“When the people saw that Moses was so long in coming down from the mountain, they gathered around Aaron and said, ‘Come, make us gods who will go before us. As for this fellow Moses who brought us up out of Egypt, we don’t know what has happened to him’” (Exodus 32:1).

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The only theocracy I care to live under is the one Jesus establishes in the age to come, and until that glorious moment, our constitutional republic suits me just fine. I can do without revisiting the religious persecutions of the past; no more Inquisitions, thank you. In fact, I keep saying that the day the church gained political authority was a dark day for the faith. With great power came great responsibility, and with that power also came great temptation. Too often, we were overcome by evil; we failed to overcome evil with good (Romans 12:21); we fell short. Therefore, while we await Jesus’ return, I’ll do my part spreading the Good News, and trust God to do his part changing hearts.

William Willimon recognized, “So we’re busy downsizing, becoming culturally relevant, reaching out, drawing in, making disciples, managing the machinery, utilizing biblical principles, celebrating recovery, user-friendly, techno savvy, finding the purposeful life, practicing peace with justice, utilizing spiritual disciplines, growing in self-esteem, reinventing ourselves as effective ecclesiastical entrepreneurs, and, in general, feeling ever so much better about our achievements. Notice anything missing in this pretty picture? Jesus Christ!”

I may not approve; I may confront and even rebuke (it just takes a little yeast… you know), but above all else, I must act in love and grace. Jesus bridged this seemingly paradoxical chasm in how he engaged people; his character is on full display throughout the gospels. Jesus made known what he was for, and what he was against. So why would any of us choose to know only part of our Lord? The answer is quite simple. Like the pantheon of Greco-Roman gods or the golden calf of Exodus, we seek a god crafted in our own image; we prefer an idol created out of collective norms and sensibilities (whatever your ideological or theological bent may be). “When the people saw that Moses was so long in coming down from the mountain, they gathered around Aaron and said, ‘Come, make us gods who will go before us. As for this fellow Moses who brought us up out of Egypt, we don’t know what has happened to him’” (Exodus 32:1). Nothing has changed; “there is nothing new under the sun” (Ecclesiastes 1:9).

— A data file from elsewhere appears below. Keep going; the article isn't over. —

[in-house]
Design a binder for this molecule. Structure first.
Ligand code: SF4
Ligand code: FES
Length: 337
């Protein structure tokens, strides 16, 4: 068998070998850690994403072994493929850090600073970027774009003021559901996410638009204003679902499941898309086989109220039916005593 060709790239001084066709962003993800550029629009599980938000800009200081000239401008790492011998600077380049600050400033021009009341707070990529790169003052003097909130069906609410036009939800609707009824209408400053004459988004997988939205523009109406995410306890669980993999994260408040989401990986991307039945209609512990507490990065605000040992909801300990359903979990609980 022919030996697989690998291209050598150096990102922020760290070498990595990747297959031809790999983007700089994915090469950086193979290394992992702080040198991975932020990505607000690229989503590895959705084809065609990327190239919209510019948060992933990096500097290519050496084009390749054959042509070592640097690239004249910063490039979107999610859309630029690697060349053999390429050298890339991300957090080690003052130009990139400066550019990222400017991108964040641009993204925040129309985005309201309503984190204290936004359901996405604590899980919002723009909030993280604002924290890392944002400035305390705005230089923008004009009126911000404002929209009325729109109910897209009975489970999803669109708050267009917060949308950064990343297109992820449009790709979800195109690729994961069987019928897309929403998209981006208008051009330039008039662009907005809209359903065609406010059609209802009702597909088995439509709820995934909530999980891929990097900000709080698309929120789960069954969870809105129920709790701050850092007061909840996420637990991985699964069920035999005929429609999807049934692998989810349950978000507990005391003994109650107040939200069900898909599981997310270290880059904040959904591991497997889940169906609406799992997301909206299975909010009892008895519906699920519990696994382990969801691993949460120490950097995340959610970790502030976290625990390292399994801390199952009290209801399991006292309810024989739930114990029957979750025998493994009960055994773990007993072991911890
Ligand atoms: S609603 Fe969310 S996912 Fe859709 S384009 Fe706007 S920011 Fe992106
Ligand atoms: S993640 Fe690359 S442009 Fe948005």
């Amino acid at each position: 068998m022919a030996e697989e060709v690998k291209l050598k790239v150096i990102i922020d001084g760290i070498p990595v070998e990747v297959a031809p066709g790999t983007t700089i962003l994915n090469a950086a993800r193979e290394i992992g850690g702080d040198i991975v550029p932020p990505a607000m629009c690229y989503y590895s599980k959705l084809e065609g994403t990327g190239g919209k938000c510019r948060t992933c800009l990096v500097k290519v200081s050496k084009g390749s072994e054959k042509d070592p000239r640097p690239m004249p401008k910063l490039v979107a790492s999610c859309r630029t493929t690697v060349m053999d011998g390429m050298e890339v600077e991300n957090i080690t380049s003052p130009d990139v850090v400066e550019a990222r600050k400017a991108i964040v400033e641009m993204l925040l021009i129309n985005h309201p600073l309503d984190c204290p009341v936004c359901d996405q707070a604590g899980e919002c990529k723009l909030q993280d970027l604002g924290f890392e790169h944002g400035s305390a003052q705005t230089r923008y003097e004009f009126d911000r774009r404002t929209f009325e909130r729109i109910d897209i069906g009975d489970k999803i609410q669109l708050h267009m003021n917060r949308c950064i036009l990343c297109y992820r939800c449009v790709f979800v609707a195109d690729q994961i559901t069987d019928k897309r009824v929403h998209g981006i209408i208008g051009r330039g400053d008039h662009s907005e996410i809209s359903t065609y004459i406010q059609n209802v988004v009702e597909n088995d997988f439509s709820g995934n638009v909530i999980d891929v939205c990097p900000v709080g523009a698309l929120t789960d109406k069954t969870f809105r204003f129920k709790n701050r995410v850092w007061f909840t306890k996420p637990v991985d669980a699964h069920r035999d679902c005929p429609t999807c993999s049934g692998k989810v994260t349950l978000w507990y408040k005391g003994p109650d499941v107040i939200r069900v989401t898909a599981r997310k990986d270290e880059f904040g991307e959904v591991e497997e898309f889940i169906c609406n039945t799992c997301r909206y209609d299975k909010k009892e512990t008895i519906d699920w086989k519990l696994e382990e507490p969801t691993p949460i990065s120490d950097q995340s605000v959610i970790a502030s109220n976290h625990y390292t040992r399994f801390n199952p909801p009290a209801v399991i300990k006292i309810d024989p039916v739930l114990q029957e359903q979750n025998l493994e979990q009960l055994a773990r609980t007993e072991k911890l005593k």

Over a half-century ago, Donald Grey Barnhouse speculated, in a sermon, what a city, under Satan’s control, would look like: “All the bars would be closed, pornography banished, and pristine streets would be filled with tidy and polite pedestrians who always smiled at each other. There would be no swearing. All the children would say “Yes, sir” and “No, ma’am,” and the churches…. Well they would be full every Sunday…and Christ would not be preached.”

If you haven’t already done so, please prayerfully read my last post At the Heart of the Matter. In the post, I shared two related visions, which I received two years apart. The visions came with a warning of judgement as well as a sign of hope in God’s mercy and faithfulness. Nothing in any of my visions is new; the Bible is already written, and God has always spoken through, and according to, his Word. I hope someone is listening.

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